If you want to try Exchange 2003 without making a commitment, then Microsoft has the solution for you.
By submitting your email address, you agree to receive emails regarding relevant topic offers from TechTarget and its partners. You can withdraw your consent at any time. Contact TechTarget at 275 Grove Street, Newton, MA.
Microsoft provides a time-locked evaluation version of Exchange 2003, generally available free at many Microsoft functions, and downloadable from the Microsoft site. You can go to http://www.microsoft.com/exchange/ and click on "Exchange 2003 trial software", or you can order it for a nominal handling cost directly from Microsoft.
The evaluation version of Exchange is exactly the same as the full release version. The broad majority of optional features for Exchange (language packs, Volume Shadow Copy in Exchange 2003 and so on) are available, and there are evaluation versions of both Standard and Enterprise Edition.
The one critical difference: the evaluation version will only run for 120 days from the date of installation. After that, Exchange services will only run for one hour before logging an expiry error and shutting down. The one-hour grace period allows admins to export existing mail.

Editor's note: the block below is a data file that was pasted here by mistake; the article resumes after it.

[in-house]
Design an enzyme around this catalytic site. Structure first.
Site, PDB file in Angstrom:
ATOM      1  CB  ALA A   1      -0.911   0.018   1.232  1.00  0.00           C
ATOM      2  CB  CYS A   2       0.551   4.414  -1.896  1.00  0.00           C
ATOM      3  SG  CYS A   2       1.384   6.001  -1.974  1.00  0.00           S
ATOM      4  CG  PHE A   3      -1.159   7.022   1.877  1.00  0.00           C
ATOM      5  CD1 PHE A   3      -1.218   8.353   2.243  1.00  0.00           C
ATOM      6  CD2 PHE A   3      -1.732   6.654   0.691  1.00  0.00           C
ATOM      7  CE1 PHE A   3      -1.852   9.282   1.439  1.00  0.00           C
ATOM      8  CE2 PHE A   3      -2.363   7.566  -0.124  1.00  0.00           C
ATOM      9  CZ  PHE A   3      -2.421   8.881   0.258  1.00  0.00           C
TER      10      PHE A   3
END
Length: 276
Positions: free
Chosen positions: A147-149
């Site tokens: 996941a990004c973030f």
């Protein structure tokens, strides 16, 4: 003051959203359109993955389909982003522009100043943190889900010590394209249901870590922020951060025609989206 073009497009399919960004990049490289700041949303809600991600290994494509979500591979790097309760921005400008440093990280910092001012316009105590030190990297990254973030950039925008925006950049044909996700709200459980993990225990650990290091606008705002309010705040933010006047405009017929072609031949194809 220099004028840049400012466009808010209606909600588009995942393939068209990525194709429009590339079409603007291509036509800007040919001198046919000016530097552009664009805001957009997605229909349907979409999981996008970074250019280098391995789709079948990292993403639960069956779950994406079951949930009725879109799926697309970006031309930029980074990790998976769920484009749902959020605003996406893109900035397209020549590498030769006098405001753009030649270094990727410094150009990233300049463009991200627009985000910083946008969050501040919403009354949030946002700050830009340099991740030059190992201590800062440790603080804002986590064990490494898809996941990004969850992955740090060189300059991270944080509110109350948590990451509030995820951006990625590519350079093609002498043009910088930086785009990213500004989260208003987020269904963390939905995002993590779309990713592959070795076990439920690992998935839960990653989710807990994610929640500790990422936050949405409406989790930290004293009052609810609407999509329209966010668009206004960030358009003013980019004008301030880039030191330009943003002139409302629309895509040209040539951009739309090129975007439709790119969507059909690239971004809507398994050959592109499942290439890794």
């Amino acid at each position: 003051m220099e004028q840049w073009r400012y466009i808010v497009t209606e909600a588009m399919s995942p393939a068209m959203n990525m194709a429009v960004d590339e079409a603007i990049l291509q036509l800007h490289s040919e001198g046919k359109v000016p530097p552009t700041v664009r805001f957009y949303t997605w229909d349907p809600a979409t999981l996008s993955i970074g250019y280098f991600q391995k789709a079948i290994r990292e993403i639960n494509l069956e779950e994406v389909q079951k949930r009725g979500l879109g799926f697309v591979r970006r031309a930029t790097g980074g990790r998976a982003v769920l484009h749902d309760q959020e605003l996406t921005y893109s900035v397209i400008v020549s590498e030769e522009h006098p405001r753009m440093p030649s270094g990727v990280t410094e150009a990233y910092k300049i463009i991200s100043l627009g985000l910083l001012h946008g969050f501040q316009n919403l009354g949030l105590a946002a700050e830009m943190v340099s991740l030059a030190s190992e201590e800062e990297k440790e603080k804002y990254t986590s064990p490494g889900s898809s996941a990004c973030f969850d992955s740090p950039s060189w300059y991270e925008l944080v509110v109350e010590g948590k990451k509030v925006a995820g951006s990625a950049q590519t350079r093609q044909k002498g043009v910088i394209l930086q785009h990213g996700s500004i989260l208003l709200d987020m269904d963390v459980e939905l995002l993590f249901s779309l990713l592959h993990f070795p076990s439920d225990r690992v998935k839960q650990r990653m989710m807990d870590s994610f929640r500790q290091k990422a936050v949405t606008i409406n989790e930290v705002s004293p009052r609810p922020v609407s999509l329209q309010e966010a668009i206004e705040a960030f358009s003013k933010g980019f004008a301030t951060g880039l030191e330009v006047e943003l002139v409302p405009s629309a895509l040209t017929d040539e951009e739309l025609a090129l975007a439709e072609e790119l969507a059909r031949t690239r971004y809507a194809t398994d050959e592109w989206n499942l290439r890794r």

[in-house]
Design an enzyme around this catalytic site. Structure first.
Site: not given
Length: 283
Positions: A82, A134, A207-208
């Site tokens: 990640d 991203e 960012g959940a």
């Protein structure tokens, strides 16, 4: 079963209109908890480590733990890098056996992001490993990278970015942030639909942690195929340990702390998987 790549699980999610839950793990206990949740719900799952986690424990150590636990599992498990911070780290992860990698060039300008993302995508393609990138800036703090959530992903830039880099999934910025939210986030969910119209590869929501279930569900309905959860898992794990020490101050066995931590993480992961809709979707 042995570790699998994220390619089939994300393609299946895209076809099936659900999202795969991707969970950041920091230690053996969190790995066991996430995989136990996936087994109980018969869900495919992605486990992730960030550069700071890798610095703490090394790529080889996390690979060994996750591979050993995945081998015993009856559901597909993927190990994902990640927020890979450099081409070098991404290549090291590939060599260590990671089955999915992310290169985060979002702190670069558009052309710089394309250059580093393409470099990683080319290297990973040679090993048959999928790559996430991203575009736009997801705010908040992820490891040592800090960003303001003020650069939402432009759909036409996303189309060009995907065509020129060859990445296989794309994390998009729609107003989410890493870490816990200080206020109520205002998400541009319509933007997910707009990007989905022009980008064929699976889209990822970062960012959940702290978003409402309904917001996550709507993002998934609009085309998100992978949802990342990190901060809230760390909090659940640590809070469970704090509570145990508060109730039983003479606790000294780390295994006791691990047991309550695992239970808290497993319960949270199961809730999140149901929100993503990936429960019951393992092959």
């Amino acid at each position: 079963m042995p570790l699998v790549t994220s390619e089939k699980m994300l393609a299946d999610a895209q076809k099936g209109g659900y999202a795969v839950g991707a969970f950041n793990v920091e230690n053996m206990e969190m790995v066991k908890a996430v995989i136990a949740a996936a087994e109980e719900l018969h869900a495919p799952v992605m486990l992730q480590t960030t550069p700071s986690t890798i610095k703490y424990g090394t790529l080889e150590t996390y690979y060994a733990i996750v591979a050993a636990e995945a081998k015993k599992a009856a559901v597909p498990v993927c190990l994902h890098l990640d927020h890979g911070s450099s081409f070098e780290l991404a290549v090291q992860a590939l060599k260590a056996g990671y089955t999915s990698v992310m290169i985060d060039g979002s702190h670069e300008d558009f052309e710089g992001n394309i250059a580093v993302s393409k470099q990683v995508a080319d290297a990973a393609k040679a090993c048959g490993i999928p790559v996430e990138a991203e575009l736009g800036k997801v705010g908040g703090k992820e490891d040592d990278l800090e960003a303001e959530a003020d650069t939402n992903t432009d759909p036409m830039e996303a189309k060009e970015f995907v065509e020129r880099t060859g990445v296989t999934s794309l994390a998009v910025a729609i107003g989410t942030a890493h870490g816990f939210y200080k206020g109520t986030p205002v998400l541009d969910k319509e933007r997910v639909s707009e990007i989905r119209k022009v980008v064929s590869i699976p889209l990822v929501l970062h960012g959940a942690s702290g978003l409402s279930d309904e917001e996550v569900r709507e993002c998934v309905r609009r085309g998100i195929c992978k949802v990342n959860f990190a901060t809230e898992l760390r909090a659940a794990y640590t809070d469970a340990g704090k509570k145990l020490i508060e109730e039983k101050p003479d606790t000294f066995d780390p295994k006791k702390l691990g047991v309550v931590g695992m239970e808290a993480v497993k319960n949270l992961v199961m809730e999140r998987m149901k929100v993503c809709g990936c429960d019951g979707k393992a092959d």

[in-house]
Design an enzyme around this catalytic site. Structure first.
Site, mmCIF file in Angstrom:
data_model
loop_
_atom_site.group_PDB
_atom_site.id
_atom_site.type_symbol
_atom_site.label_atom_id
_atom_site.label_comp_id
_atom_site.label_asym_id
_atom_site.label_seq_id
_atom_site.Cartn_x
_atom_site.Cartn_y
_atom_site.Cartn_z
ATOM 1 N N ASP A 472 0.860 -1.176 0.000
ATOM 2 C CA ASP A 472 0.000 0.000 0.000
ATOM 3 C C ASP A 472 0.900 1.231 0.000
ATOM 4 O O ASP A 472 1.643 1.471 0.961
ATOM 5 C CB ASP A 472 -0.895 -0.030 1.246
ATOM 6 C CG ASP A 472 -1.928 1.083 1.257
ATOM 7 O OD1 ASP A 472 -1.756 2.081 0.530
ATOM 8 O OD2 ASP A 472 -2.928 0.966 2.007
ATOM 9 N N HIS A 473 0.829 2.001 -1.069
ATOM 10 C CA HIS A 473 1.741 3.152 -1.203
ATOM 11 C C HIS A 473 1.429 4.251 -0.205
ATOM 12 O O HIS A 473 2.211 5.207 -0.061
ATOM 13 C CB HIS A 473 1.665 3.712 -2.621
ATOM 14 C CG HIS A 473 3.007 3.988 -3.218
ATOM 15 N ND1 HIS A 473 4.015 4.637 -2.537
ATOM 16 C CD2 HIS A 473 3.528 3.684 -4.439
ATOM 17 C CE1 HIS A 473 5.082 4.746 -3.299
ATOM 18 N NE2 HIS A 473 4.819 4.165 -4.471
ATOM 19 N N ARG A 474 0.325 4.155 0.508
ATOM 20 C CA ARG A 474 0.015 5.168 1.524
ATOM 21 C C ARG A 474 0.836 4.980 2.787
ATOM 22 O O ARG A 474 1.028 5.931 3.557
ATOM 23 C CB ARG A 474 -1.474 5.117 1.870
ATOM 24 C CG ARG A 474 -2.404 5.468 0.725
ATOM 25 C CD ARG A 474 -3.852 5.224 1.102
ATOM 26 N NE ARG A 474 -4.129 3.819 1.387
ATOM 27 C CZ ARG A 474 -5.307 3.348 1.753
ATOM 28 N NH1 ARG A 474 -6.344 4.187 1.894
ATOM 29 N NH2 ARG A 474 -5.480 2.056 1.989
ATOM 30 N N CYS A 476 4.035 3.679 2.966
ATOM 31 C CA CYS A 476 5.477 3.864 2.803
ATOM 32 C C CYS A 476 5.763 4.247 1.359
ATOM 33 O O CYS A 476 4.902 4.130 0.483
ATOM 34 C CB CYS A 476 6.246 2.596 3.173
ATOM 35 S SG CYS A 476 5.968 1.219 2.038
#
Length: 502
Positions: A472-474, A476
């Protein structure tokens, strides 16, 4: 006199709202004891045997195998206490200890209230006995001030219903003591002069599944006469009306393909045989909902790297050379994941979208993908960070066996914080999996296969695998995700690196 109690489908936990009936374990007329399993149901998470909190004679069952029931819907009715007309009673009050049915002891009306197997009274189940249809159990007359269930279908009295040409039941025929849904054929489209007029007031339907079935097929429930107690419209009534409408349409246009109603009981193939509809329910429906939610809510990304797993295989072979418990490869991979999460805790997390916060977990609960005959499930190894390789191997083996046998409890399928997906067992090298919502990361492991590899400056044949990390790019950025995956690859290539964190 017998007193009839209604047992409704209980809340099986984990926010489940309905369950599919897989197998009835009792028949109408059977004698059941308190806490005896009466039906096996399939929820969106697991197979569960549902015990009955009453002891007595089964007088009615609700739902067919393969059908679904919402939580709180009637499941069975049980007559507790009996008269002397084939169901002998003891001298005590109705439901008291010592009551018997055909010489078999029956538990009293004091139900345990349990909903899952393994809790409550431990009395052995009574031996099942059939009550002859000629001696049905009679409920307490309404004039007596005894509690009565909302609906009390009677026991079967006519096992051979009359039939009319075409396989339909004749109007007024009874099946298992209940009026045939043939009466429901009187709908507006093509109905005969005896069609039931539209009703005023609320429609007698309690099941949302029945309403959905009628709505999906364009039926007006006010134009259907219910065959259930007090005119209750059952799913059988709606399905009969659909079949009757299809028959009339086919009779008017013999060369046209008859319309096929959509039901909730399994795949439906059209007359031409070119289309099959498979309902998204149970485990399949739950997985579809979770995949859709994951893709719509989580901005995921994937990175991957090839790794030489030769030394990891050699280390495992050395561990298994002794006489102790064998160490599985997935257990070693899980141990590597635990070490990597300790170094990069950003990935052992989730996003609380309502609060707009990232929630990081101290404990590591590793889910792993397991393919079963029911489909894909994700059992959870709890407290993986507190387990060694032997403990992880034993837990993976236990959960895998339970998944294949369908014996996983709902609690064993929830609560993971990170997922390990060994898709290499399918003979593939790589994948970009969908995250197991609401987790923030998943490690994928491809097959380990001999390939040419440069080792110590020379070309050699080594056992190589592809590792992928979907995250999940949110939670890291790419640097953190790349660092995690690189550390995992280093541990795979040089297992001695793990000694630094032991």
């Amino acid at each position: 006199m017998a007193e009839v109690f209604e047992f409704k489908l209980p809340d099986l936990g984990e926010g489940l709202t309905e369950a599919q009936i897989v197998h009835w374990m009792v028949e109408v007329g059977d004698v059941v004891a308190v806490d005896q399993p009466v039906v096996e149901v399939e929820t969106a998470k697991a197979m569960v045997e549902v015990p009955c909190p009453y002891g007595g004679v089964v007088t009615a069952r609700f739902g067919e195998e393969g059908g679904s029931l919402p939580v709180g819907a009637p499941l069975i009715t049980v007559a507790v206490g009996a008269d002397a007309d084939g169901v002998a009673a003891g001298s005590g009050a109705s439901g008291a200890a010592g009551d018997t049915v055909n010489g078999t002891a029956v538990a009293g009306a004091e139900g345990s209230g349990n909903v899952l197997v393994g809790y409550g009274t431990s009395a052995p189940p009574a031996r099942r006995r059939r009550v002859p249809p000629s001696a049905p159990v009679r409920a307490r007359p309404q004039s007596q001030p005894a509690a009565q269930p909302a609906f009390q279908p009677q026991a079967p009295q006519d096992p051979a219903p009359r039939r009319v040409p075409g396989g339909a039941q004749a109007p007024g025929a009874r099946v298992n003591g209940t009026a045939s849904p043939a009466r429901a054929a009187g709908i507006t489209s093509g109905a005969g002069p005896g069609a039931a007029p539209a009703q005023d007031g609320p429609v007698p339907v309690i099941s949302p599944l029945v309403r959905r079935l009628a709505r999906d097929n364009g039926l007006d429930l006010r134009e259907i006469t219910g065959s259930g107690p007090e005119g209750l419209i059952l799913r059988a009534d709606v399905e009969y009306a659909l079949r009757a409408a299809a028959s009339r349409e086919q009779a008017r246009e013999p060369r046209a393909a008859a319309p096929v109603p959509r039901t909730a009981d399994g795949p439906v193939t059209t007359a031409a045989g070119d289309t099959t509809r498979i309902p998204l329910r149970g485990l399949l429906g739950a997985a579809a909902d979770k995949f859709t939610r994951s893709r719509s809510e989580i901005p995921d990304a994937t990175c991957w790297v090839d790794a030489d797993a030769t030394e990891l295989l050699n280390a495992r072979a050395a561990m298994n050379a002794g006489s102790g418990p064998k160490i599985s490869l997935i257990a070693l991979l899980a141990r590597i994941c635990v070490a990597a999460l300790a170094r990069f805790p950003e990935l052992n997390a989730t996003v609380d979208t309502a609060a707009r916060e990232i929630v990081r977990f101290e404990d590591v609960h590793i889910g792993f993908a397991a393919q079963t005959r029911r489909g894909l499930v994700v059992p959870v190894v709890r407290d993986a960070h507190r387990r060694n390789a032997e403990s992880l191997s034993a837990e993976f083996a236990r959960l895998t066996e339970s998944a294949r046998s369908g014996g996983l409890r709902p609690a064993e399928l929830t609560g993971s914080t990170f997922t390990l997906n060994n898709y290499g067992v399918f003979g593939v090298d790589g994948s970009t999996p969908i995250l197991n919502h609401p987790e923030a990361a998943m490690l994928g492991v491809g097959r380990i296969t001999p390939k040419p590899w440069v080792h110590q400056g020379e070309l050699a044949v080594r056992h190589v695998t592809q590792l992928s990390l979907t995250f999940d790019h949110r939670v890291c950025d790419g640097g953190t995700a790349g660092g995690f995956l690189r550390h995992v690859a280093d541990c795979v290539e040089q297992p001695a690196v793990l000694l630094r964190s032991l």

While the evaluation version(s) are extremely useful for people who want to get acquainted with Exchange without having to shell out full price for it (along with an equally time-locked evaluation copy of Windows 2003 Server), the Exchange evaluation version has some other limitations.
For one, the Exchange evaluation can't be upgraded to the full version by using an upgrade CD edition of Exchange 2003. The upgrade CD can only be used to upgrade an existing installation of Exchange 5.5 or 2000 to Exchange 2003.
If you want to upgrade to the full version from the evaluation version, you need to get the full installation CD. Once you do, insert the CD, run the setup program and select the Reinstall All option. This will preserve all the existing mail and user settings. Another possibility is to install the full version in parallel on another machine in the same organization and migrate everything over incrementally, but this requires a second computer (and a second licensed copy of Windows 2003 Server as well). If the upgrade doesn't work—i.e., Exchange still thinks it's an expired demo copy—run setup /disasterrecovery from the /i386 folder of the setup CD. This will manually retrieve the Exchange directory information from Active Directory, but after the installation is finished the user must mount the stores manually.
Serdar Yegulalp is the editor of the Windows 2000 Power Users Newsletter.
Dig Deeper on Microsoft Exchange Server 2003